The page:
When the cowherds had driven their herds forth from the byres, up I came on all fours to find a subsistence on the droppings of the young milch-cows. So long as my own dung and urine held out, on that I have subsisted. So foul a filth-eater was I.

I took up my abode in the awesome depths of the forest, depths so awesome that it was reputed that none but the passion-less could venture in without his hair standing on end. When the coil season brought chill wintry nights, then it was that, in the dark half of the months when snow was falling, I dwelt by night in the open air and in the dank thicket by day. But when there came the last broiling month of summer before the rains, I made my dwelling under the baking sun by day and in the stifling thicket by night. Then there flashed on me these verses, never till then uttered by any:

Now scorched, now froze, in forest dread, alone,

naked and fireless, set upon his quest,

the hermit battles purity to win.

In a charnel ground I lay me down with charred bones for pillow.

When the cowherds' boys came along, they spat and staled upon me, pelted me with dirt and stuck bits of wood into my ears. Yet I declare that never did I let an evil mood against them arise within me.-So poised in equanimity was I.

[80] Some recluses and Brahmins there are who say and hold that purity cometh by way of food, and accordingly proclaim that they live exclusively on jujube-fruits, which, in one form or other, constitute their sole meat and drink. Now I can claim to have lived on a single jujube-fruit a day. If this leads you to think that this fruit was larger in those days, you would err; for, it was precisely the same size then that it is today. When I was living on a single fruit a day, my body grew emaciated in the extreme; because I ate so little, my members, great and small, grew like the knotted joints of withered creepers; like a buffalo's hoof were my shrunken buttocks; like the twists in a rope were my spinal vertebrae; like the crazy rafters of a tumble-down roof, that start askew and aslant, were my gaunt ribs; like the starry gleams on water deep down and afar in the depths of a well, shone my gleaming eyes deep down and afar in the depths of their sockets; and as the rind of a cut gourd shrinks and shrivels in the heat, so shrank and shriveled the scalp of my head,-and all because I ate so little. If I sought to feel my belly, it was my backbone which I found in my grasp; if I sought to feel my backbone, I found myself grasping my belly, so closely did my belly cleave to my backbone;-and all because I ate so little. If for ease of body I chafed my limbs, the hairs of my body fell away under my hand, rotted at their roots;-and all because I ate so little.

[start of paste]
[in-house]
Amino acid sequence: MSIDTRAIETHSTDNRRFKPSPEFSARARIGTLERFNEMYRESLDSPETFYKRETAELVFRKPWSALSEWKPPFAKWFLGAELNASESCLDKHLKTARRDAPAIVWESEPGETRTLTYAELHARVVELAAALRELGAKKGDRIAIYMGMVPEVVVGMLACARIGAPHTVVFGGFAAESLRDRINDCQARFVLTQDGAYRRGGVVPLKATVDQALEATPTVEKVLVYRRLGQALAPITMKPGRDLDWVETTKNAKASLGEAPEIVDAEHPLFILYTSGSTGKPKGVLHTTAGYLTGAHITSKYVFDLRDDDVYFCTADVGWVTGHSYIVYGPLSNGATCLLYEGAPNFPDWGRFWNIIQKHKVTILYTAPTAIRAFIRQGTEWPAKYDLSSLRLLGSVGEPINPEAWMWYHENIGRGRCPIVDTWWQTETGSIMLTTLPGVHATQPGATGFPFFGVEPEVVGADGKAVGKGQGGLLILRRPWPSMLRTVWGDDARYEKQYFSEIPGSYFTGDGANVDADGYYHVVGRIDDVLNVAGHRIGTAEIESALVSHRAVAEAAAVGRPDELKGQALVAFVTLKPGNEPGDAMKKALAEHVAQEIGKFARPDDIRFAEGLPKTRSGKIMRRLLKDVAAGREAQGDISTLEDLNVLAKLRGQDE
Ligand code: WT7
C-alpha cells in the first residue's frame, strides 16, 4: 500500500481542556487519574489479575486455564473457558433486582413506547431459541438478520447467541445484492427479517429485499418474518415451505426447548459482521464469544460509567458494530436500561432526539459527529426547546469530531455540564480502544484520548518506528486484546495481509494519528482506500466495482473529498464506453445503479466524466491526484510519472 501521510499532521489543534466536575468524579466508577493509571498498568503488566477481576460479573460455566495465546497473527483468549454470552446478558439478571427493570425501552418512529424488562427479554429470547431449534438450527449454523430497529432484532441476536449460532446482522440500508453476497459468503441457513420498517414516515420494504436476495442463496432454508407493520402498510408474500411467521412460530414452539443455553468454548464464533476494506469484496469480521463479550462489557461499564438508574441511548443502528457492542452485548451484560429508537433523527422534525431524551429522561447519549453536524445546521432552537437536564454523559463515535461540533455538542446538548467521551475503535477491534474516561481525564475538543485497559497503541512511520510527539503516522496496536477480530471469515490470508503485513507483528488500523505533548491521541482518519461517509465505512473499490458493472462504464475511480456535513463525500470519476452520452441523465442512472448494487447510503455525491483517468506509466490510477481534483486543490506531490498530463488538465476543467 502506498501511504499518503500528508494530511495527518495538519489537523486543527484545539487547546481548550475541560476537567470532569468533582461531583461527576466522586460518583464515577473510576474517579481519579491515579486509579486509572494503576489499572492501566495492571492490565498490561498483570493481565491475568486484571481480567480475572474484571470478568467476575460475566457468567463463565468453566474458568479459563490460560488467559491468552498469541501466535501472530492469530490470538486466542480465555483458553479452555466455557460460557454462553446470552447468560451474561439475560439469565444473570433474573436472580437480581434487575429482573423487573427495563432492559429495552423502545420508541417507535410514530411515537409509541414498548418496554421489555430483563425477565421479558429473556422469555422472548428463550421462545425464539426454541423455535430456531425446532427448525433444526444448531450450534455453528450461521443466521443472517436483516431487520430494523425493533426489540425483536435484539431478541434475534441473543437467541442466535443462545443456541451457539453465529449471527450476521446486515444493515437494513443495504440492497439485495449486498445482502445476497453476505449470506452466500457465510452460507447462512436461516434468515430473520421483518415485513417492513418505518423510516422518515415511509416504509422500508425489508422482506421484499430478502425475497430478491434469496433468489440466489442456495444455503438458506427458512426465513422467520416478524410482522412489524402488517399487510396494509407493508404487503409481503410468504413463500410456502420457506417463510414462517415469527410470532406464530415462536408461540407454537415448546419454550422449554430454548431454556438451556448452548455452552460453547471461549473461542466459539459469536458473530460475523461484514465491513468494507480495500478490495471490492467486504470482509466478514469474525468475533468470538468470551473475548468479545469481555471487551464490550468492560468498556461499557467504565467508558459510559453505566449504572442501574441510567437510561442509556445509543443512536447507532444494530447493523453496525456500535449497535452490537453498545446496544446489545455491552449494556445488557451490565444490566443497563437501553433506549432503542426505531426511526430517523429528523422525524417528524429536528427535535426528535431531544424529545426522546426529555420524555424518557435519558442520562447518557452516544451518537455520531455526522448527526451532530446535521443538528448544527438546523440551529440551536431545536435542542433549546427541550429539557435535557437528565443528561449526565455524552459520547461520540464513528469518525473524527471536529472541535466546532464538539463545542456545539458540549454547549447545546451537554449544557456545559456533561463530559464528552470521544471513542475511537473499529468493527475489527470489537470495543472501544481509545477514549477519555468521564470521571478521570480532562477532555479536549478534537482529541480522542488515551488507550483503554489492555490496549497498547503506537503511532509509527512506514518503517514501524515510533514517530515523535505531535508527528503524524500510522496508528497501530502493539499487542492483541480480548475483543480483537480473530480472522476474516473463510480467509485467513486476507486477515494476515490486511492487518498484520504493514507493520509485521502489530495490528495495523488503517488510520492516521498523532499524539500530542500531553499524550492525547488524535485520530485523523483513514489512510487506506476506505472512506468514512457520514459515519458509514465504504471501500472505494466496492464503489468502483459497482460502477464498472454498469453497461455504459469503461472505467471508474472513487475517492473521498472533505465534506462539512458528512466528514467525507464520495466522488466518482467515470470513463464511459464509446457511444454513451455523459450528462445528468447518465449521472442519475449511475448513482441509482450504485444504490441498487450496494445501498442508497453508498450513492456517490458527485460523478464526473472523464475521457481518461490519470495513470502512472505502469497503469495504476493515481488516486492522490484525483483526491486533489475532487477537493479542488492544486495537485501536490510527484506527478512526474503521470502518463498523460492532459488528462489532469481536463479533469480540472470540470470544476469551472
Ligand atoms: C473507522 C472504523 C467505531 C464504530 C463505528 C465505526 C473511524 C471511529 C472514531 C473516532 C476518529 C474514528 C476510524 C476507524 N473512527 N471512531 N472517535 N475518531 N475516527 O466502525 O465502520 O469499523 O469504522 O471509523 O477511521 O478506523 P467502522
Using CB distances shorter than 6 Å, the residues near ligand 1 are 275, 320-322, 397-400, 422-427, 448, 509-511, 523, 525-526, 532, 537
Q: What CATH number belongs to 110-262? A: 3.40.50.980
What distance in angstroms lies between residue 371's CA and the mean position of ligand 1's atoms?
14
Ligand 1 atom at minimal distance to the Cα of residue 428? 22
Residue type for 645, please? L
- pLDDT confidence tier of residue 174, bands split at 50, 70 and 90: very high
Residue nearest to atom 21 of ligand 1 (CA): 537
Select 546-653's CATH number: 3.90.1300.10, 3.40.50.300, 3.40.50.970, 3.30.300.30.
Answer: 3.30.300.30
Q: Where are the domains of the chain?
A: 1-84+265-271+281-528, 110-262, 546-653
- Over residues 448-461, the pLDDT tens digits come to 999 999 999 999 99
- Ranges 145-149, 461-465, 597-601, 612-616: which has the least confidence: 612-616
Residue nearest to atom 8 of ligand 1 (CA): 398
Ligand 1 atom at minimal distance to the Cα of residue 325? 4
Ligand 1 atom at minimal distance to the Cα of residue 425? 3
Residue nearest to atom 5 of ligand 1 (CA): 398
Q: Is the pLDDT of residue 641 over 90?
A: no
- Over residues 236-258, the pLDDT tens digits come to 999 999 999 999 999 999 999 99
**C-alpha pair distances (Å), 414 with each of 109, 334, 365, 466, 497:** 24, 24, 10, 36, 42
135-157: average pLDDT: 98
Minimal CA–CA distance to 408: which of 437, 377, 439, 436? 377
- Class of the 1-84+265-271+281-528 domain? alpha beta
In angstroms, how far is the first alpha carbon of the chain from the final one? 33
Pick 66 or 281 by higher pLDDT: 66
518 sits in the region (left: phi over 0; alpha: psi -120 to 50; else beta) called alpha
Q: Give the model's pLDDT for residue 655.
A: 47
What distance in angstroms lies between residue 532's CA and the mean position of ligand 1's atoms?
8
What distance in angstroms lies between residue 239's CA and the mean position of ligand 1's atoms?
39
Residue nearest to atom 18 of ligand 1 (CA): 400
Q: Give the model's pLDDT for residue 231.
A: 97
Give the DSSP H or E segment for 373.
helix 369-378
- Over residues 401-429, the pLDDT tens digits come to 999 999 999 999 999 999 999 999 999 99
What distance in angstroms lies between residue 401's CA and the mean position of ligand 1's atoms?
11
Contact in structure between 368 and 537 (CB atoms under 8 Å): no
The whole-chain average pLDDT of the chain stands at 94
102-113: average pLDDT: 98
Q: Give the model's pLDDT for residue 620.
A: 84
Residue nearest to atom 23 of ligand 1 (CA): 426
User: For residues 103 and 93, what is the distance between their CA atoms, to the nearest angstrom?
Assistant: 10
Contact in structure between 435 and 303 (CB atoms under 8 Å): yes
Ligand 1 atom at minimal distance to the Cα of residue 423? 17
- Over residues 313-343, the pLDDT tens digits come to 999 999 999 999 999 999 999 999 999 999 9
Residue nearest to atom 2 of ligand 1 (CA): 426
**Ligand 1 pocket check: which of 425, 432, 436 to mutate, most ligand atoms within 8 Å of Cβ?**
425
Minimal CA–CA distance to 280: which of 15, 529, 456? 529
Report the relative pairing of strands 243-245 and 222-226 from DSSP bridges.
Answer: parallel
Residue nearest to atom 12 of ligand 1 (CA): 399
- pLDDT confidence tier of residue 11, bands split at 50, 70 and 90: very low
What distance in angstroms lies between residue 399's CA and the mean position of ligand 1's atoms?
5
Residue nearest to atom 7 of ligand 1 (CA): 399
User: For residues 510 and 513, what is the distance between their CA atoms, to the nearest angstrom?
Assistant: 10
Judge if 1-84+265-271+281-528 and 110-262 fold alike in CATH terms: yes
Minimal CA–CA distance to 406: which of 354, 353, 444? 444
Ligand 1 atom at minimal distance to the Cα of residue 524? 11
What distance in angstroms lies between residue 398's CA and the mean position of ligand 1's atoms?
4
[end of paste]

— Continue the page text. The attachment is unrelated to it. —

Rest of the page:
Other recluses and Brahmins there are who, saying and holding that purity cometh by way of food, proclaim that they live exclusively on beans or sesamum rice-as their sole meat and drink.

[81 ] Now I can claim to have lived on a single bean a day- on a single sesamum seed a day-or a single grain of rice a day; and [the result was still the same]. Never did this practice or these courses or these dire austerities bring me to the ennobling gifts of super-human knowledge and insight. And why?-Because none of them lead to that noble understanding which, when won, leads on to Deliverance and guides him who lives up to it onward to the utter extinction of all ill.


Translation by Lord Chalmers, Further Dialogues of the Buddha, I (London, 1926), pp. 53-7